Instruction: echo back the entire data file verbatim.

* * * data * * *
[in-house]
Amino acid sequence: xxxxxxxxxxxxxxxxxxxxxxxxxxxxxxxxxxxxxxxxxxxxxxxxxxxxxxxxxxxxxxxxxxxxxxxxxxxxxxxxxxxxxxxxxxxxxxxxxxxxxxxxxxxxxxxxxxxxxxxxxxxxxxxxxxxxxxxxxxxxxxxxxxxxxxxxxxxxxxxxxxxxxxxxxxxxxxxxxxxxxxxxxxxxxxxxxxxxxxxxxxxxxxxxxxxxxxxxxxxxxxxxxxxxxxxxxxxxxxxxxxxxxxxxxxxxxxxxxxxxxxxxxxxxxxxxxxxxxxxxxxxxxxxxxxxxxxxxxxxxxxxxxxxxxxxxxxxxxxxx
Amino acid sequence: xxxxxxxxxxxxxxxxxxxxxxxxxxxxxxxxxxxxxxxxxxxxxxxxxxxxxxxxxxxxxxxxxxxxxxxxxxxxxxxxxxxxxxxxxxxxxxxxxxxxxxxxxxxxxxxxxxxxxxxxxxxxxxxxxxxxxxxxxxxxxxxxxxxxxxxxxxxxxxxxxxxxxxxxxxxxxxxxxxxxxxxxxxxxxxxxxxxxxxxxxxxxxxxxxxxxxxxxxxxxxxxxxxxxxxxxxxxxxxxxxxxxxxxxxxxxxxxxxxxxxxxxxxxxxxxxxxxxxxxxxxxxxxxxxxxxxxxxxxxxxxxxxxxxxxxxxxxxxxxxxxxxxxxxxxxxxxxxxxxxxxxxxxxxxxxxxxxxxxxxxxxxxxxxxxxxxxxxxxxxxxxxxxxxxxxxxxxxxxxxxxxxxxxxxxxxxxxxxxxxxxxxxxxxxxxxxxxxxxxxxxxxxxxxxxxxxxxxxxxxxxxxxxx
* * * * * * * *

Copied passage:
[in-house]
Amino acid sequence: xxxxxxxxxxxxxxxxxxxxxxxxxxxxxxxxxxxxxxxxxxxxxxxxxxxxxxxxxxxxxxxxxxxxxxxxxxxxxxxxxxxxxxxxxxxxxxxxxxxxxxxxxxxxxxxxxxxxxxxxxxxxxxxxxxxxxxxxxxxxxxxxxxxxxxxxxxxxxxxxxxxxxxxxxxxxxxxxxxxxxxxxxxxxxxxxxxxxxxxxxxxxxxxxxxxxxxxxxxxxxxxxxxxxxxxxxxxxxxxxxxxxxxxxxxxxxxxxxxxxxxxxxxxxxxxxxxxxxxxxxxxxxxxxxxxxxxxxxxxxxxxxxxxxxxxxxxxxxxxx
Amino acid sequence: xxxxxxxxxxxxxxxxxxxxxxxxxxxxxxxxxxxxxxxxxxxxxxxxxxxxxxxxxxxxxxxxxxxxxxxxxxxxxxxxxxxxxxxxxxxxxxxxxxxxxxxxxxxxxxxxxxxxxxxxxxxxxxxxxxxxxxxxxxxxxxxxxxxxxxxxxxxxxxxxxxxxxxxxxxxxxxxxxxxxxxxxxxxxxxxxxxxxxxxxxxxxxxxxxxxxxxxxxxxxxxxxxxxxxxxxxxxxxxxxxxxxxxxxxxxxxxxxxxxxxxxxxxxxxxxxxxxxxxxxxxxxxxxxxxxxxxxxxxxxxxxxxxxxxxxxxxxxxxxxxxxxxxxxxxxxxxxxxxxxxxxxxxxxxxxxxxxxxxxxxxxxxxxxxxxxxxxxxxxxxxxxxxxxxxxxxxxxxxxxxxxxxxxxxxxxxxxxxxxxxxxxxxxxxxxxxxxxxxxxxxxxxxxxxxxxxxxxxxxxxxxxxxx